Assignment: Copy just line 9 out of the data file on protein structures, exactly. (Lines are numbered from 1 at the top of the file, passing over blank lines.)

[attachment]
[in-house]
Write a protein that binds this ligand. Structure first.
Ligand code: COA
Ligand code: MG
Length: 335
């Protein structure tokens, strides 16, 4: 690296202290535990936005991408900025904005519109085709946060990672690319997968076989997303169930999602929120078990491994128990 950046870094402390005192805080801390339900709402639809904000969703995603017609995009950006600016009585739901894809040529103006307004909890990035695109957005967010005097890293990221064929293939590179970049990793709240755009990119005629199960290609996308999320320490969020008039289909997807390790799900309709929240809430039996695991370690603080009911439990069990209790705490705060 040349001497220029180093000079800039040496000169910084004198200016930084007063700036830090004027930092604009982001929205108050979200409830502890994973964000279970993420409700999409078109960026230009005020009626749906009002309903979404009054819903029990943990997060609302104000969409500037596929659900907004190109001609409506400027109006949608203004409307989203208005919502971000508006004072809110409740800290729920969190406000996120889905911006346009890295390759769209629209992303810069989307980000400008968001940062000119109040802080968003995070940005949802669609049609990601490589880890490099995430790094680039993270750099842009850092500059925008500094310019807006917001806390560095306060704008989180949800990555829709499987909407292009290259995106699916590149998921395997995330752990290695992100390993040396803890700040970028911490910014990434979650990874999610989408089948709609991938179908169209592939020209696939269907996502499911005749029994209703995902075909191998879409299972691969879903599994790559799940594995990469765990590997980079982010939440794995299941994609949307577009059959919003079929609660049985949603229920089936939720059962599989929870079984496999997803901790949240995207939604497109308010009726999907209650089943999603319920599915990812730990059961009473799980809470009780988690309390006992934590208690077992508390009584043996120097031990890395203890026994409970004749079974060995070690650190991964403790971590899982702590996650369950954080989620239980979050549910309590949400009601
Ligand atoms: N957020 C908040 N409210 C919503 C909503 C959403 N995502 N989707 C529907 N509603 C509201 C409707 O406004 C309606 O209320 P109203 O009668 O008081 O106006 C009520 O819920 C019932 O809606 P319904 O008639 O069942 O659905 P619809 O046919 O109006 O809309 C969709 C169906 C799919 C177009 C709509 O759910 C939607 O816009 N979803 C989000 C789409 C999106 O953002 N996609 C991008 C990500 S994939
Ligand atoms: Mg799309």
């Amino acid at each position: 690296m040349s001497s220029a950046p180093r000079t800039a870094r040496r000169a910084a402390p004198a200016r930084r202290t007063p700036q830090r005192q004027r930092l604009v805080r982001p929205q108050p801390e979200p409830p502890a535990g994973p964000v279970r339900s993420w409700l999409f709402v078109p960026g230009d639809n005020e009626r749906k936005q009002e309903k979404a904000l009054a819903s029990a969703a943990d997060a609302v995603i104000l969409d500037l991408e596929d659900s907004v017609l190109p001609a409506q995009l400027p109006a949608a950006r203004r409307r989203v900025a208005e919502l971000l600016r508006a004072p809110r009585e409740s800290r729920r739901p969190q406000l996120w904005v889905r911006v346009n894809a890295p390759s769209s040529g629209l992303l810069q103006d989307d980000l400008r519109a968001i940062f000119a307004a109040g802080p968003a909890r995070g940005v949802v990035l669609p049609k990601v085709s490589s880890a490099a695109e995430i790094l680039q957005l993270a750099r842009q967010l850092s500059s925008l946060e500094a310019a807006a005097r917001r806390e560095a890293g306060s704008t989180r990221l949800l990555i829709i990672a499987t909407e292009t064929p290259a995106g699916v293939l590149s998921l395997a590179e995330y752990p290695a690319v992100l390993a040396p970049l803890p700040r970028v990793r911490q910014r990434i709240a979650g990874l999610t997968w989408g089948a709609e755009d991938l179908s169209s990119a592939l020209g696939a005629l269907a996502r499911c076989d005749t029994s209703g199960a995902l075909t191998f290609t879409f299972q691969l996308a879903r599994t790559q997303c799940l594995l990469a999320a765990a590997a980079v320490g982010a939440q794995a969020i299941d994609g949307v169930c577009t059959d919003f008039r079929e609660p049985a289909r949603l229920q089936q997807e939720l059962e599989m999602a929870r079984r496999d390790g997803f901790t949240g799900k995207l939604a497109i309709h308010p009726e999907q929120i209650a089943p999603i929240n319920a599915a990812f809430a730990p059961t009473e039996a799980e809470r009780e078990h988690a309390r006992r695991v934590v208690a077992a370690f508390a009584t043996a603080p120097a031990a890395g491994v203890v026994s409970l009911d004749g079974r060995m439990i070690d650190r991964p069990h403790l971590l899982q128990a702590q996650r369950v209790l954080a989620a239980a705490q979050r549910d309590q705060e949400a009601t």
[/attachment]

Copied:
């Amino acid at each position: 690296m040349s001497s220029a950046p180093r000079t800039a870094r040496r000169a910084a402390p004198a200016r930084r202290t007063p700036q830090r005192q004027r930092l604009v805080r982001p929205q108050p801390e979200p409830p502890a535990g994973p964000v279970r339900s993420w409700l999409f709402v078109p960026g230009d639809n005020e009626r749906k936005q009002e309903k979404a904000l009054a819903s029990a969703a943990d997060a609302v995603i104000l969409d500037l991408e596929d659900s907004v017609l190109p001609a409506q995009l400027p109006a949608a950006r203004r409307r989203v900025a208005e919502l971000l600016r508006a004072p809110r009585e409740s800290r729920r739901p969190q406000l996120w904005v889905r911006v346009n894809a890295p390759s769209s040529g629209l992303l810069q103006d989307d980000l400008r519109a968001i940062f000119a307004a109040g802080p968003a909890r995070g940005v949802v990035l669609p049609k990601v085709s490589s880890a490099a695109e995430i790094l680039q957005l993270a750099r842009q967010l850092s500059s925008l946060e500094a310019a807006a005097r917001r806390e560095a890293g306060s704008t989180r990221l949800l990555i829709i990672a499987t909407e292009t064929p290259a995106g699916v293939l590149s998921l395997a590179e995330y752990p290695a690319v992100l390993a040396p970049l803890p700040r970028v990793r911490q910014r990434i709240a979650g990874l999610t997968w989408g089948a709609e755009d991938l179908s169209s990119a592939l020209g696939a005629l269907a996502r499911c076989d005749t029994s209703g199960a995902l075909t191998f290609t879409f299972q691969l996308a879903r599994t790559q997303c799940l594995l990469a999320a765990a590997a980079v320490g982010a939440q794995a969020i299941d994609g949307v169930c577009t059959d919003f008039r079929e609660p049985a289909r949603l229920q089936q997807e939720l059962e599989m999602a929870r079984r496999d390790g997803f901790t949240g799900k995207l939604a497109i309709h308010p009726e999907q929120i209650a089943p999603i929240n319920a599915a990812f809430a730990p059961t009473e039996a799980e809470r009780e078990h988690a309390r006992r695991v934590v208690a077992a370690f508390a009584t043996a603080p120097a031990a890395g491994v203890v026994s409970l009911d004749g079974r060995m439990i070690d650190r991964p069990h403790l971590l899982q128990a702590q996650r369950v209790l954080a989620a239980a705490q979050r549910d309590q705060e949400a009601t």